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Insurance For Nonprofits: Step 5 of the Buying Process

How to Buy Insurance for Your Nonprofit – Step 5: Research Insurance Companies

Steps 1-3 were all about identifying your exposures: Your operational exposures, your human exposures, and your property exposures.

Steps 4 and 5 are about finding researching potential providers.  In step 4, we discussed finding agents that specialize in insurance for nonprofits or for-profit social service organizations.

In this post, we’ll talk about researching and identifying potential insurance providers (not independent insurance agents, but the companies that those agents might place you with).

Step 5 - Research Insurance Companies

Step 5 – Research Insurance Companies

Another Note about the Independent Agency System

As mentioned in my Step 4, you will find the best coverage through the independent agency system (more than likely). You will engage an insurance agent, provide the right information, and he will market your organization to the companies he represents. From there, you’ll get your proposal of insurance.

Different insurance agents represent different insurance companies. It’s’ a good to be aware of  some of the companies that provide specialed programs for nonprofits.  That’s what this step is all about: helping you have some brand recognition when your agent presents you with your options.

How to Research Companies

This step again will be mostly obvious to anybody with a professional network and any bit of internet skill.

Here are some suggestions:

  1. Google “insurance for monprofits” or “insurance programs for nonprofits” or “<Your Specific Nonprofit Type> insurance”. For example: type in ‘insurance program for nonprofit museums’ or ‘insurance programs for after school programs’.
  2. Your Professional Network: Ask your friendly competitors and other nonprofit managers in your area. They might give you the name of an agency, but follow up: “What is your insurance company, not agency?”
  3. Associations: Talk to your local nonprofit or other, more specific, professional association. Who do the members as their insurance carriers?

It’s not necessarily rocket science, but it can get a little confusing. There are upwards of 20 carriers who have developed tailored programs for nonprofits of various shapes and sizes and operations.

This will be your fifth list: a list of insurance companies that you discover.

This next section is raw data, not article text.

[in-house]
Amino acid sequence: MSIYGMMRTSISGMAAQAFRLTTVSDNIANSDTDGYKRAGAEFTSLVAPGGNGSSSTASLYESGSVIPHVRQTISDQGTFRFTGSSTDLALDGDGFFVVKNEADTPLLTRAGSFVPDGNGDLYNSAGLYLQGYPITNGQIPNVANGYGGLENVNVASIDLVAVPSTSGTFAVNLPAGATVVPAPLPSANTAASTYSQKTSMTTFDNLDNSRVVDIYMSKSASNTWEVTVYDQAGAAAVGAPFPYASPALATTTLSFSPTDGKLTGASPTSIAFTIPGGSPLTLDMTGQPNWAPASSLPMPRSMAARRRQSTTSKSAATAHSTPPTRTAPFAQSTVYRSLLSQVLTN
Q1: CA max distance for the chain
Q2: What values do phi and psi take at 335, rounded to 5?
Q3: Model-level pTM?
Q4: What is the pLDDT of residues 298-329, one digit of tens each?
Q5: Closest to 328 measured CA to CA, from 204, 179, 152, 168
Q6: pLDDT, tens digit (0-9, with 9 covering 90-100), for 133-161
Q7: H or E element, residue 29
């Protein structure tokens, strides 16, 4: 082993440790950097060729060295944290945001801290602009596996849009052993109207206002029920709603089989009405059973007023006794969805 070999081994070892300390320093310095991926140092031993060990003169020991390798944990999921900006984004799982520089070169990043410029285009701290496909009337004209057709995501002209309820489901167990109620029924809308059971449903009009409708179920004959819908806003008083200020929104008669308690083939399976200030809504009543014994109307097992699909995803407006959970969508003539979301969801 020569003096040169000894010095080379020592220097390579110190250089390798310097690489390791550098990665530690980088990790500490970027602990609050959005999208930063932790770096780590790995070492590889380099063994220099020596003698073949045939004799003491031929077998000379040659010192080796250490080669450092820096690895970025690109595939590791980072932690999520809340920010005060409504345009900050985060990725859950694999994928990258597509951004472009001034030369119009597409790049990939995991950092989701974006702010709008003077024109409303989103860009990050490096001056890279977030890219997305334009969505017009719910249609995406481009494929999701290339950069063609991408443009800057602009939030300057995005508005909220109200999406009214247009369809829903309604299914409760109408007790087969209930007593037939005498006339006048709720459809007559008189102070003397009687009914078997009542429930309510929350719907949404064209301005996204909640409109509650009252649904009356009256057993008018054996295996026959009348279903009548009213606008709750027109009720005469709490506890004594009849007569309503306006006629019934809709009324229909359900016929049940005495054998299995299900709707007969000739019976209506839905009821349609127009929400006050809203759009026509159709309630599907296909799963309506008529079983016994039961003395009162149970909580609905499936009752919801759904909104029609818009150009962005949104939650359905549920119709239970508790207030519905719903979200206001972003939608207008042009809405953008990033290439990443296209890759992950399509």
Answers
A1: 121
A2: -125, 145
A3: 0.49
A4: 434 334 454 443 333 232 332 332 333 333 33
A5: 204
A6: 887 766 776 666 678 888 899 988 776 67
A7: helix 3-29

How to Use the List

One of the most helpful things about this exercise is that when you noodle around the insurance carriers’ sites, you’ll get a feel for the programs, coverages, and ‘personality’ of the company. It helps you grow your insurance vocabulary.

But here are two direct uses for the list:

  1. Add to Your Agency List: If you had a hard time finding an insurance agency locally that majors in nonprofits, then contact the insurance companies you found. Ask them who they might recommend in your area. My agency gets quite a few referrals from insurance companies when they are contacted directly by a nonprofit manager.
  2. Review Your Agent’s Proposal or Give Her Direction: Did your agent’s proposal include one of the company’s on your list? While this not be that important of a filter, it will help you in your discussions. You might also be able to hand the list to your agent and suggest a company or three that appealed to you. This will show that you are an active and interested potential client. We love that!
To sum it up…

This is the final step in the ‘pre-engagement’ part of the buying process. Admittedly, I’ve created some pretty serious homework even before you speak to an agent. But I’m fine with that. It’ll be good for you to do some reflection, research, and study so that you can partner with your agent in creating your plan.

It’s always good to enter any buying process with a little dash of confidence.

The next portion of the buying process will be all about engaging and working with your insurance professional.

Please leave questions, comments, concerns, or rebuttals in the comments! Thank you for stopping by. 


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